[2] However, this statement is not without its own controversy, as it has been said that “As many counties of Kentucky claim the first production of Bourbon as Greek cities quarrel over the birthplace of Homer.” H.F. WILLKIE, BEVERAGE SPIRITS IN AMERICA—A BRIEF HISTORY 19 (3d ed. 1949).

[3] See Kentucky Distillers Association, “Bourbon Facts,” available at bourbon_culture/key_bourbon_facts/ (last visited Apr. 2, 2015); Barry Kornstein and Jay Luckett, “The Economic and Fiscal Impacts of the Distilling Industry in Kentucky,” Urban Studies Institute, University of Louisville (2014), available at

[4] Distilled Spirits Council of the United States, “Economic Contributions of the Distilled Spirits Industry,” available at (last visited Mar. 31, 2015).

[5] See Billy Hamilton, “State Liquor Taxes: Still Crazy After All These Years”, State Tax Notes: State Tax Merry-Go-Round, 519 (Mar. 2, 2015).

[6] See 27 CFR §1.10; 27 USCA § 211(5) (“The term ‘distilled spirits’ means ethyl alcohol, hydrated oxide of ethyl, spirits of wine, whiskey, rum, brandy, gin, and other distilled spirits, including all dilutions and mixtures thereof, for non-industrial use”), 27 U.S.C.A. § 211(6) (“The term ‘wine’ means (1) wine as defined in sections 610 and 617 of the Revenue Act of 1918 as now in force or hereafter amended, and (2) other alcoholic beverages not so defined, but made in the manner of wine, including sparking and carbonated wine, wine made from condensed grape must, wine made from other agricultural products than the juice of sound, ripe grapes, imitation wine, compounds sold as wine, vermouth, cider, perry and saké; in each instance only if containing not less than 7 per centum and not more than 24 per centum of alcohol by volume, and if for non-industrial use”), IRC § 5052 (“‘beer’ means beer, ale, porter, stout, and other similar fermented beverages (including saké or similar products) of any name or description containing one-half of 1 percent or more of alcohol by volume, brewed or produced from malt, wholly or in part, or from any substitute therefor”).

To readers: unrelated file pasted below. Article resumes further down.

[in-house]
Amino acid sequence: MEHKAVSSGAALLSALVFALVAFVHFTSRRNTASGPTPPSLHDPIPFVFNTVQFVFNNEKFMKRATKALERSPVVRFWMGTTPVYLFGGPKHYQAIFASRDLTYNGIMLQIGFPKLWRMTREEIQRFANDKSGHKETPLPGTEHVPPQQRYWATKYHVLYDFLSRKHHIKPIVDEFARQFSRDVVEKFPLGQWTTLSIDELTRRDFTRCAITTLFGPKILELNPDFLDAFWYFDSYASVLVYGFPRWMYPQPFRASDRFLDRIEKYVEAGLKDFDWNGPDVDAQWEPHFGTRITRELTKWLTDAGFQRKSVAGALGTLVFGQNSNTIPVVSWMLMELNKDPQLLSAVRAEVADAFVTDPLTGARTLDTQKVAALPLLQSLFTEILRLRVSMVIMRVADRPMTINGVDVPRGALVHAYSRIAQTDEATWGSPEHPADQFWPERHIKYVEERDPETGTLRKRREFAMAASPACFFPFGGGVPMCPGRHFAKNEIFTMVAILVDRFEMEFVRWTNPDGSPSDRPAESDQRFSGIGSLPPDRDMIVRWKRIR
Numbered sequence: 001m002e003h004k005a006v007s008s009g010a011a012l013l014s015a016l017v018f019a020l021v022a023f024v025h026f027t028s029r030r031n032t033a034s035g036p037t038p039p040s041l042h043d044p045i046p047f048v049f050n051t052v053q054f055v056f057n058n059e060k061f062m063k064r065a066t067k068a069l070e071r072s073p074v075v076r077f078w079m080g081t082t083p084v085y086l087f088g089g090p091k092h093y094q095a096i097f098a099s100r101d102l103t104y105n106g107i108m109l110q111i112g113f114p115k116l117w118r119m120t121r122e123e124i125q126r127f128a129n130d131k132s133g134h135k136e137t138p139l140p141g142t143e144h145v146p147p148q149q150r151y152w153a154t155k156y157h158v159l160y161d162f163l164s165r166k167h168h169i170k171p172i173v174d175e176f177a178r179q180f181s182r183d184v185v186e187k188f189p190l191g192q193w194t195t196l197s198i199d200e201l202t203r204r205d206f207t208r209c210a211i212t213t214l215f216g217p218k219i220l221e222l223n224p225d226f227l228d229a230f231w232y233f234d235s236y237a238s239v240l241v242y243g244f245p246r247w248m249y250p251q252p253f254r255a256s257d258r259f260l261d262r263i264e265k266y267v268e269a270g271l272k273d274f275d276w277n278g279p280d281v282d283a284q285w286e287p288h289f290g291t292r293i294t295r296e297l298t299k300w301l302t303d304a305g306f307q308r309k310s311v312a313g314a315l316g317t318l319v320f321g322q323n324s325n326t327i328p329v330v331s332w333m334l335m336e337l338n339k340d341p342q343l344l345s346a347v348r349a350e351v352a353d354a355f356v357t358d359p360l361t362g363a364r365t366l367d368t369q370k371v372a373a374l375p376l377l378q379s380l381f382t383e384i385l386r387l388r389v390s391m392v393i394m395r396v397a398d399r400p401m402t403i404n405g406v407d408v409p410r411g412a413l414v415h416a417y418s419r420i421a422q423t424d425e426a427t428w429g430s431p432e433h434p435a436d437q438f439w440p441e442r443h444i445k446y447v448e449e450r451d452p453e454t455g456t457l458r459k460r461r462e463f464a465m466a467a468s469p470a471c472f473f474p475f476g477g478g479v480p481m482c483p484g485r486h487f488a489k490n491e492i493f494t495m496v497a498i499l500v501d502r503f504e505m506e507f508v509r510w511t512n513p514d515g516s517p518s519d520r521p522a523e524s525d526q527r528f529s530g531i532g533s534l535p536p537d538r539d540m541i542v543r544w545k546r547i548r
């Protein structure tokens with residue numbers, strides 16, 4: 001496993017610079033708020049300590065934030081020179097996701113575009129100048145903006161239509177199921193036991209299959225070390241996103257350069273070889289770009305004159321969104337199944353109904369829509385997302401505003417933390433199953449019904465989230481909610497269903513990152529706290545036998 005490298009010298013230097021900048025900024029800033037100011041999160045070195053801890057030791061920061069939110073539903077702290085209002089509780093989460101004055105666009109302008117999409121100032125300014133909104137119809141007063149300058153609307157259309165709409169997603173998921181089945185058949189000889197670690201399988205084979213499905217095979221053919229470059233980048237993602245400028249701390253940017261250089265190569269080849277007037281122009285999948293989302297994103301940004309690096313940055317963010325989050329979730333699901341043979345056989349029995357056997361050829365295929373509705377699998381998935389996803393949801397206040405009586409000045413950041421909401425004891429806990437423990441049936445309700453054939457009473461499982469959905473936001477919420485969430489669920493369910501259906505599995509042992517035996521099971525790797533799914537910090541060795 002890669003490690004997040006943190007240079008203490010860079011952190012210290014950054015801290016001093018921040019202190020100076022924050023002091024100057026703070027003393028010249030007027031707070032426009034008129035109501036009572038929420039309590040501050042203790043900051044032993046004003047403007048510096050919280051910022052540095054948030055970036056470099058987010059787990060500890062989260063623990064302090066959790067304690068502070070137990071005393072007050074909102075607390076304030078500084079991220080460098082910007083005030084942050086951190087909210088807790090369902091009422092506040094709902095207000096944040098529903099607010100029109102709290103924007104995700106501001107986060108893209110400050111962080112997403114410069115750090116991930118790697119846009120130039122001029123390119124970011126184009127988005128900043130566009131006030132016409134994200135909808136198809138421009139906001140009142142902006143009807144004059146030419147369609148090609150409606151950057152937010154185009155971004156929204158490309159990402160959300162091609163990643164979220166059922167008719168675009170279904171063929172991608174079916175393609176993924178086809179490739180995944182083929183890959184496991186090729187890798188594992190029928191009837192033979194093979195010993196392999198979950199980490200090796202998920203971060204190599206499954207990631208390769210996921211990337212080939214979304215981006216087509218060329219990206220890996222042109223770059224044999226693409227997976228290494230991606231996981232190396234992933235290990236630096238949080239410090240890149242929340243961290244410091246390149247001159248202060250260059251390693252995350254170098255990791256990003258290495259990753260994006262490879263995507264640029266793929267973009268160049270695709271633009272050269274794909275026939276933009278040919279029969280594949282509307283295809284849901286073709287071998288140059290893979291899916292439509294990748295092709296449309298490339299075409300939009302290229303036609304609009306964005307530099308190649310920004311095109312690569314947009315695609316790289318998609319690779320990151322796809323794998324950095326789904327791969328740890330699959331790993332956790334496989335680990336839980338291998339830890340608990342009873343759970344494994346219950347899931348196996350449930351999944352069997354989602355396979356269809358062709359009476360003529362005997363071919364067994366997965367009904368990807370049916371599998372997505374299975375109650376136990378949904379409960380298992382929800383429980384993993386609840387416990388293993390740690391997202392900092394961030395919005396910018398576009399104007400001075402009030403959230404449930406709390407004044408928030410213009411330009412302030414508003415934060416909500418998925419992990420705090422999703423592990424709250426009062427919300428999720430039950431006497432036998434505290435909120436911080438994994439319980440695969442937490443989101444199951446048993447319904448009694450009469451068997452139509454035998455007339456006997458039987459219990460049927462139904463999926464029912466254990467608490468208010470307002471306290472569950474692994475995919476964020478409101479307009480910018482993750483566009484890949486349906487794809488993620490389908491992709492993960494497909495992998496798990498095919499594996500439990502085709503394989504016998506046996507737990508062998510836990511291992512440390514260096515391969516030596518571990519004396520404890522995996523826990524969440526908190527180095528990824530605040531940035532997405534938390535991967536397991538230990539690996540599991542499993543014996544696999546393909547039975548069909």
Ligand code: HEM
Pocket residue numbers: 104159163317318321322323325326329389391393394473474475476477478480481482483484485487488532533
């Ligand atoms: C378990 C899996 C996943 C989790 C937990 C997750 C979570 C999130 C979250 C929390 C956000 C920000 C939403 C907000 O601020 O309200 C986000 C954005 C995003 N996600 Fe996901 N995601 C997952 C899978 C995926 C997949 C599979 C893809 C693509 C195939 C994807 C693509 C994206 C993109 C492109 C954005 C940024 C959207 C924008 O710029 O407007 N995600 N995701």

[7] See IRC §§ 5001, 5041 & 5051 (providing imposition, rate and attachment of FET on distilled spirits, wines and beer, respectively).

[8] 27 USC §201, et seq.

[9] See Homeland Security Act of 2002, P.L. 107-296, sec. 1111(d); Treasury Order 120-01 (Dec. 10, 2013).  More information on the TTB’s role in the administration of FET on alcohol, as well as helpful information for complying with same can be found at

[10] See generally, IRC §§ 203 & 204 (providing various license and permit requirements prior to production, import or sale of alcohol products); IRC §§ 5551 & 5173 (providing various bonding, reporting and regulatory requirements).

[11] See e.g., IRC §§ 5001, 5005, 5351, 5551 & 5173; 27 U.S.C. § 203 & 204, 213-219a; 27 CFR §§ 1.20, 19.223(a), 25.61-62.

[12] IRC §§ 5001(a)(1), 5051(a)(1) & (2), 5041(b)(1)-(b)(6).  See also, TTB Tax and Fee Rates, available at (last visited Apr. 2, 2015).

[13] IRC §§ 5006(a), 5213, 5054; 27 CFR §§ 19.227 & 24.270.

[14] See e.g., IRC §§ 5053(a) & (e), 5042(a)(2), 5362(c) & (d); Rev Rul 94-81, 1994-2 CB 412.

[15] See IRC §§ 5003 & 5214 (including use by federal or state agencies, use by non-profit organizations and institutions, as well as use of distilled spirits for other purposes, such as to produce vinegar, mix fruit flavor, denaturing spirits, supplies for certain vessel and aircraft, and research and development).

[16] IRC § 5061; 27 CFR §§ 19.236 & 19.240.

[17] National Beer Wholesalers Association, “An analysis of the structure and administration of state and local taxes on the distribution and sale of beer,” KPMG (Apr. 2014), available at

[18] Hamilton, supra note 5 at 520.

[19] Distilled Spirits Council of the United States, “Increasing Alcohol Taxes Punishes the Entire Hospitality Industry”, available at (last visited Mar. 31, 2015).

[20] Distilled Spirits Council of the United States, “Distilled Spirits Industry Primer,” available at (last visited Mar. 29, 2015).

[21] Beer Institute, “Beer Tax Facts:  The Economic and Societal Impacts of State and Federal Taxes on Beer,” report available at Facts1.pdf (last visited Apr. 1, 2015) (citing to a detailed 2005 economic analysis conducted by the Global Insight/Parthenon Group).

[22] “Economic Contributions of the Distilled Spirits Industry,” supra note 4.

[23] See e.g., “State Tax Rates on Distilled Spirits,” Federal Tax Administrators (Jan. 1, 2015), available at; “State alcohol excites tax rates report 2015-2000,” Tax Policy Center, available at Content/PDF/alcohol_rates.pdf.

[24] See Kim Severson, “States Putting Hopes in ‘Bottoms Up’ to Help the Bottom Line,” New York Times (Sep. 28, 2011), available at

[25] 2015 Pennsylvania House Bill No. 466 (introduced Feb. 13, 2015); Hamilton, supra note 5.

[26] Hamilton, supra note 5.

[27] See e.g., Texas S.B. Nos. 1652  3669 (introduced Mar. 13, 2015), S.B. No. 3368 (introduced Mar. 12, 2015), S.B. No. 2882 (introduced Mar. 11, 2015).

[28] Wal-Mart Stores, Inc. v. Texas Alcoholic Beverage Comm’n, Case 1:15-CV-00134 (W.D.Tx (Austin), filed Feb. 2, 2015).